Julia Roberts, Cameron Diaz and Sarah Jessica Parker do it ... other celebrities and Americans in general are now doing it, too; they’ve been taking notice of a trend that’s really never gone out of style in Scandinavia: knitting.

On the subway, at the playground, even at church and in meetings, knitting increased 150% among women aged 25-35 in the early 21st century. For the first 400 years of knitting’s history, the most common knitting materials were cotton and silk, not wool, and it was a male dominated industry. In fact, when the very first knitting union was established in Paris in 1527, no women were allowed. There are many theories on where knitting actually started, but Sweden is one of the few places where the introduction of knitting as we know it today can be dated (before that, there were techniques with needles and weaving, of course) – the Dutch wife of the governor of Sweden’s Halland province brought the craft to Sweden in the mid-17th century. She introduced knitting with needles, and people of all ages learned to knit. It was eventually so valued in Sweden that it was accepted as payment for taxes in the 19th century. Sweden is also the birthplace of tvåändsstickning (“two-end knitting”), also known in the U.S. as twined knitting.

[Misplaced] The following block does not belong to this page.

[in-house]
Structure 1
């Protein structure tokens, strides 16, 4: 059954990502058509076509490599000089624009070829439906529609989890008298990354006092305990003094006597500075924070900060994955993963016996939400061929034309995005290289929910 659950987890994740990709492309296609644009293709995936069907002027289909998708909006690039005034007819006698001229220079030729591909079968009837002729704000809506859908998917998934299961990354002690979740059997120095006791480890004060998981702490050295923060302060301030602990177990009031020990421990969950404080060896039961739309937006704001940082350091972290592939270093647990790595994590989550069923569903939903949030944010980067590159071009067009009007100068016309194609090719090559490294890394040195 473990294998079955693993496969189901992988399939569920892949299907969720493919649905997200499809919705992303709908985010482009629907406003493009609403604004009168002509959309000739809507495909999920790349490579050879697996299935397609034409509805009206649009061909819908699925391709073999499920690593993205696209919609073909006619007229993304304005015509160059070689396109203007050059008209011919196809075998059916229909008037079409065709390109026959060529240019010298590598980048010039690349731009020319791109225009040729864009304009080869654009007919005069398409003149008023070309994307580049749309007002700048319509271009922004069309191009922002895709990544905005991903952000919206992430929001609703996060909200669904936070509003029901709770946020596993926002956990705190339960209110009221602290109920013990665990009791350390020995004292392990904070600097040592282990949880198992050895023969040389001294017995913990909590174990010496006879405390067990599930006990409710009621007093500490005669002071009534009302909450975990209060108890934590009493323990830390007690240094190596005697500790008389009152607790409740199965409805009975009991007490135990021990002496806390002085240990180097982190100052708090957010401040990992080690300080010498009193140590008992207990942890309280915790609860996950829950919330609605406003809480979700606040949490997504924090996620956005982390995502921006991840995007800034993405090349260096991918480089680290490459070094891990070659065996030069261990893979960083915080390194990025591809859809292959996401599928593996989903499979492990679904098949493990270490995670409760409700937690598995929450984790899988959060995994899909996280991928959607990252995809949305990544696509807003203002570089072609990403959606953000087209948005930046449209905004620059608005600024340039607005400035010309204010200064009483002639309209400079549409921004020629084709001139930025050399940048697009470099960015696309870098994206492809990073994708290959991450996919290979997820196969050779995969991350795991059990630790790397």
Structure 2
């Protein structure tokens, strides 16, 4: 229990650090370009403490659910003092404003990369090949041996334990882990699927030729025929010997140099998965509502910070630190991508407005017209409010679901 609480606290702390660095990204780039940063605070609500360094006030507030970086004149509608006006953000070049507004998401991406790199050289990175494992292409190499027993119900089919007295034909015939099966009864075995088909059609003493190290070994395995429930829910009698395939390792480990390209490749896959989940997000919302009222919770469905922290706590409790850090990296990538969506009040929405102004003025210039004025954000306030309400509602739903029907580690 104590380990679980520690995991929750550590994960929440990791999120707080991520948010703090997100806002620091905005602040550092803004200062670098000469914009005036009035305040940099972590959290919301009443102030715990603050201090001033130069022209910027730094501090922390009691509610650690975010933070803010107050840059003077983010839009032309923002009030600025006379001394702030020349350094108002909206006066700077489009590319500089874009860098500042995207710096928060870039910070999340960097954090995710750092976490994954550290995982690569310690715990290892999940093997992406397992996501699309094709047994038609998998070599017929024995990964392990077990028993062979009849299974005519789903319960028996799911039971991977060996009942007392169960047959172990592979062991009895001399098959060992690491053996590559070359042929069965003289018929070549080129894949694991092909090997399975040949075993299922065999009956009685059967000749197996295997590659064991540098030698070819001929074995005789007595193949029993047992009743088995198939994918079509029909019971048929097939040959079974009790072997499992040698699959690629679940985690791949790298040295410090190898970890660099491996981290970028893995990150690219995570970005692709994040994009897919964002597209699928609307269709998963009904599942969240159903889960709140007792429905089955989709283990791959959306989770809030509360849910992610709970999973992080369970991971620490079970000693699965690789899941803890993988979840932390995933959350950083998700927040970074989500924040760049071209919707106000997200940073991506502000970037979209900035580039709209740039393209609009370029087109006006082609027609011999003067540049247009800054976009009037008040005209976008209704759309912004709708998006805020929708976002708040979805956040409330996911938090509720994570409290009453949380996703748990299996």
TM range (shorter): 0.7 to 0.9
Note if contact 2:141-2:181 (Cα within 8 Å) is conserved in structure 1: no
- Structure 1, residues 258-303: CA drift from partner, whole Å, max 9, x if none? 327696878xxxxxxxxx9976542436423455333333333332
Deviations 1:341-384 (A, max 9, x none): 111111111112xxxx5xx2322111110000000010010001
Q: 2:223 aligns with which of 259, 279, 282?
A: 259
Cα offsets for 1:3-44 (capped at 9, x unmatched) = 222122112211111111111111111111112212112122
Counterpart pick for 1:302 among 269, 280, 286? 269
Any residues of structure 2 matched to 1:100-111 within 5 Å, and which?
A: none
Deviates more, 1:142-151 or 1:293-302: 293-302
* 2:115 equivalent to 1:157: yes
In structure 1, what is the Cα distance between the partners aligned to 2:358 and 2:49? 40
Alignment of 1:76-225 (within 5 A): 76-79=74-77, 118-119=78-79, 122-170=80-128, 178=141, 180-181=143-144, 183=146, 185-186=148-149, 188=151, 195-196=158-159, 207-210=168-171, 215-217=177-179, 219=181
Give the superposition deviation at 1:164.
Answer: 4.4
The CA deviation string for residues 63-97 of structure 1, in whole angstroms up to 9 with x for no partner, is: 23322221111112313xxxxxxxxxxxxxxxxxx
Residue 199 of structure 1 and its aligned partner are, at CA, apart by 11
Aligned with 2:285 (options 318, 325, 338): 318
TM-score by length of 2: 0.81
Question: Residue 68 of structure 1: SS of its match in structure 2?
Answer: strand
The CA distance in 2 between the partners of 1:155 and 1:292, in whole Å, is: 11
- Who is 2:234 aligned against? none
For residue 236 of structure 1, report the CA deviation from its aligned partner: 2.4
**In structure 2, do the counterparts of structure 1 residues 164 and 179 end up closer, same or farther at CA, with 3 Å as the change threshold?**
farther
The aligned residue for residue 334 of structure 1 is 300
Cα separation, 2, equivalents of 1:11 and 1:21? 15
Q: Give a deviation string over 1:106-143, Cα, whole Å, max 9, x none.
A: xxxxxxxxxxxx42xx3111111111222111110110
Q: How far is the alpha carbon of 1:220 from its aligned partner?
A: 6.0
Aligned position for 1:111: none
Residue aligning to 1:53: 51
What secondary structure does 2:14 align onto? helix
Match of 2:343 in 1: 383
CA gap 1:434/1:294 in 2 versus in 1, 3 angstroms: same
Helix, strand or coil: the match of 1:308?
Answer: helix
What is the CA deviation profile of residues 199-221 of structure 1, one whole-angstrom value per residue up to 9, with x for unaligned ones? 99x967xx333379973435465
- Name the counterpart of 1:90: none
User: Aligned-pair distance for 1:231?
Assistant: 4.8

Now as a new generation of Americans is learning a skill dominated for a while by our grandmothers, and appreciation for knitting’s Nordic roots is also gaining vitality. The 2017 Nordic Knitting Conference in Seattle is bringing back favorite instructors Arne & Carlos from Norway for this year’s event for passionate knitters, spinners, designers, and textile artists of all kinds on October 6-8 at the Nordic Heritage Museum. These experts provide a diverse range of classes exploring the rich tradition of Nordic crochet, knitting, and spinning. If you're in the area and aren’t already signed up, do so here: www.nordicmuseum.org/knitting (Registration is open until Friday, September 29.